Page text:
A New Hampshire Department of Revenue Administration report indicates that, with a 15% tax, the state could expect $58 million in tax revenue from cannabis legalization, the Concord Monitor reports.
The report is based on a variety of estimations, including other states with reformed cannabis laws and New York’s recent exhaustive report on legalization.
The lower end of tax revenue estimates at 15% is $26.7 million — still impressive, but significantly lower. Several uncertainties — such as the number of potential cannabis users in the state, how much the cannabis might cost, and how much market share could be immediately recovered from the illicit marketplace — contributed to the wide difference between the high and low tax revenue estimates.
The report was prepared for New Hampshire’s Commission to Study the Legalization, Regulation and Taxation of Marijuana, which was tasked by the state with producing a comprehensive roadmap to legalization by November.
The main goal of the Commission is not to determine whether or not cannabis legalization would generate revenue, but rather if it would generate enough to fund the regulations and enforcement it would require. The Commission’s chairman, state Rep. Pat Abrami, said yes.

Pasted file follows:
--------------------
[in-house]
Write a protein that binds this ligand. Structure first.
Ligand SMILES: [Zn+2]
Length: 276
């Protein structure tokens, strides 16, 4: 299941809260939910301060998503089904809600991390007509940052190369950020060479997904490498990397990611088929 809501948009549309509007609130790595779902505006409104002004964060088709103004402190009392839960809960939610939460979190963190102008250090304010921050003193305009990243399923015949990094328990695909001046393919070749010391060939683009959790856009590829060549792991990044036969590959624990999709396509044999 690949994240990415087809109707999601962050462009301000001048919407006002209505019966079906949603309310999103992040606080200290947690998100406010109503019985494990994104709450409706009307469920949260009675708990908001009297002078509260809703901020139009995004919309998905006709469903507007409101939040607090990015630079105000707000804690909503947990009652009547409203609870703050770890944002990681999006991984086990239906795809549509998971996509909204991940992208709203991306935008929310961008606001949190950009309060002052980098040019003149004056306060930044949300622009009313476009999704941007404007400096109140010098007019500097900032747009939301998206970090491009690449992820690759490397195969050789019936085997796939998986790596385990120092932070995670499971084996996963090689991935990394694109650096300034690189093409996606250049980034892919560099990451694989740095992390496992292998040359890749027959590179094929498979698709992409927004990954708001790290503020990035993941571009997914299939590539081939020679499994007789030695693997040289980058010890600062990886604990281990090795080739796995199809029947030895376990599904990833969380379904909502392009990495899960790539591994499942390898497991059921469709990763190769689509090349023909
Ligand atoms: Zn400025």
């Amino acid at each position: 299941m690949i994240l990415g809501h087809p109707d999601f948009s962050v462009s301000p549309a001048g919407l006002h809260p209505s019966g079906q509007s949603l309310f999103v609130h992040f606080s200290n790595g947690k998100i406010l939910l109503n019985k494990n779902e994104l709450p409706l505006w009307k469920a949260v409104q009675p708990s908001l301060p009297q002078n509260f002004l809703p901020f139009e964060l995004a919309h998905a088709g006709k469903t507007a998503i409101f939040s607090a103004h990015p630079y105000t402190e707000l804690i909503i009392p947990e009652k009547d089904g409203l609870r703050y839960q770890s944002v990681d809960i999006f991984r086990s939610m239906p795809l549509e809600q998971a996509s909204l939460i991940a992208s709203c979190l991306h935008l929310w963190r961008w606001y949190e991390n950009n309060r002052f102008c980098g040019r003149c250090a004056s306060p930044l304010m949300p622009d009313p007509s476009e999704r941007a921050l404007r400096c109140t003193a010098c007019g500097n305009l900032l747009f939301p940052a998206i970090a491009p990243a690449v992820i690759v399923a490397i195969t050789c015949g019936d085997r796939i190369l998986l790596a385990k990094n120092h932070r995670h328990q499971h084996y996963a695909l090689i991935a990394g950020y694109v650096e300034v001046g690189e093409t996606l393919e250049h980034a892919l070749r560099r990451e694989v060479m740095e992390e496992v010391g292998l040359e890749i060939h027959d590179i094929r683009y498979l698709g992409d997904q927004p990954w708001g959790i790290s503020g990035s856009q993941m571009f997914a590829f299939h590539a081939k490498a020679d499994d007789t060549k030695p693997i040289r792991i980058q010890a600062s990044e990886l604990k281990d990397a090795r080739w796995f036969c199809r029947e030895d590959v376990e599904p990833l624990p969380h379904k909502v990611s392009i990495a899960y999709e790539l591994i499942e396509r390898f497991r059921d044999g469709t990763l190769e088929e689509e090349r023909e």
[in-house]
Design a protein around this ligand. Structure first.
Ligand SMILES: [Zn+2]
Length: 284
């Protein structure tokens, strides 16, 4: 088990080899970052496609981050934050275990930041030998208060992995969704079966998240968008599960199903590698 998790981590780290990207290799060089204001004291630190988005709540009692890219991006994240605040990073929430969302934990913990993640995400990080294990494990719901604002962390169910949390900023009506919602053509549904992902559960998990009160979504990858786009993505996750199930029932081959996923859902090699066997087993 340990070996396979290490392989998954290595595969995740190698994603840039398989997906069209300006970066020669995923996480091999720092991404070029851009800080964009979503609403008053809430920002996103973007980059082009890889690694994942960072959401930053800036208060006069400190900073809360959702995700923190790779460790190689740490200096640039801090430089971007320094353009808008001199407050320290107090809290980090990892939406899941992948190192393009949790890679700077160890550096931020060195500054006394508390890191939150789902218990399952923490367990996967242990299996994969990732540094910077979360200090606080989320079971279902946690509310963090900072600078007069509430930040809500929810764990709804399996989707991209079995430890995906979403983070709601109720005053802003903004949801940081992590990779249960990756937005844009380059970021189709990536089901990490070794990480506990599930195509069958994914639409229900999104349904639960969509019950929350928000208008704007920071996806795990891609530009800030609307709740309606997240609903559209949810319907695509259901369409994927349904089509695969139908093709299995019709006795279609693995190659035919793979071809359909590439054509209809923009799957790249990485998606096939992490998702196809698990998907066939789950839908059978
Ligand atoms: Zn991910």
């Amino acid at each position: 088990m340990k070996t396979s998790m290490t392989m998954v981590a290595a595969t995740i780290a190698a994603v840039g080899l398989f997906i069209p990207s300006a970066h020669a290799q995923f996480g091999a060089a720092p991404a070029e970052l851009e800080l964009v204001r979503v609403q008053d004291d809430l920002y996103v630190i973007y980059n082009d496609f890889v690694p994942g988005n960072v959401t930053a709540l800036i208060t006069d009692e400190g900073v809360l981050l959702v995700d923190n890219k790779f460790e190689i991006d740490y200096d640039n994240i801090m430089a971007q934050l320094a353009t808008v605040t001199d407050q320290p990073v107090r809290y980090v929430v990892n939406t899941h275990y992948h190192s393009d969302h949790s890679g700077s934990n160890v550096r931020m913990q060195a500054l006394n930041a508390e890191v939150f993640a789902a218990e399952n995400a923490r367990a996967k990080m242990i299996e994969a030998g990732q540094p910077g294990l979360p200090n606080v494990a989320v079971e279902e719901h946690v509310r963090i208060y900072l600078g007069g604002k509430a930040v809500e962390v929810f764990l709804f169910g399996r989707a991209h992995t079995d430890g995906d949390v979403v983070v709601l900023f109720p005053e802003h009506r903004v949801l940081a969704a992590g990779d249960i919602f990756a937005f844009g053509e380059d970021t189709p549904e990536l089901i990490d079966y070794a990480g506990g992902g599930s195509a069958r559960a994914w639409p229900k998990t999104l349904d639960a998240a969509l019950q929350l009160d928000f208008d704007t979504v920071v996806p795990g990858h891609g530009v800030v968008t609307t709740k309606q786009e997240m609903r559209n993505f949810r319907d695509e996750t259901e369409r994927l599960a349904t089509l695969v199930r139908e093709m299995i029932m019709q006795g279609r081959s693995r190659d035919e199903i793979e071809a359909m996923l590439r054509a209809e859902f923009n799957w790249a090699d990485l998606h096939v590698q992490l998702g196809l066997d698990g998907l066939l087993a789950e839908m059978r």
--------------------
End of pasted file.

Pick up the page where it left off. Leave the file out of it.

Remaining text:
The bipartisan Commission is stacked with a wide range of state congress representatives, law enforcement personnel, medical groups, and even anti-cannabis advocacy organizations. The Commission received early criticism for including the wide range of opinions on cannabis legalization, with some arguing it would be impossible to get anything done with so much disagreement among the members.
Democratic state Rep. Renny Cushing, a pro-cannabis member of the Commission, however, has lately praised the group.
“I think that they have drilled down on the topic, they have spoken to people from across the country, states that have gone through the process of legalization, regulation, you know, all the questions have been raised. And it’s been open.” — Rep. Renny Cushing, via the Concord Monitor
The panel has two more meetings left before it must vote on a final report.
Exclusive offer from our sponsor:
Get daily news insights in your inbox. Subscribe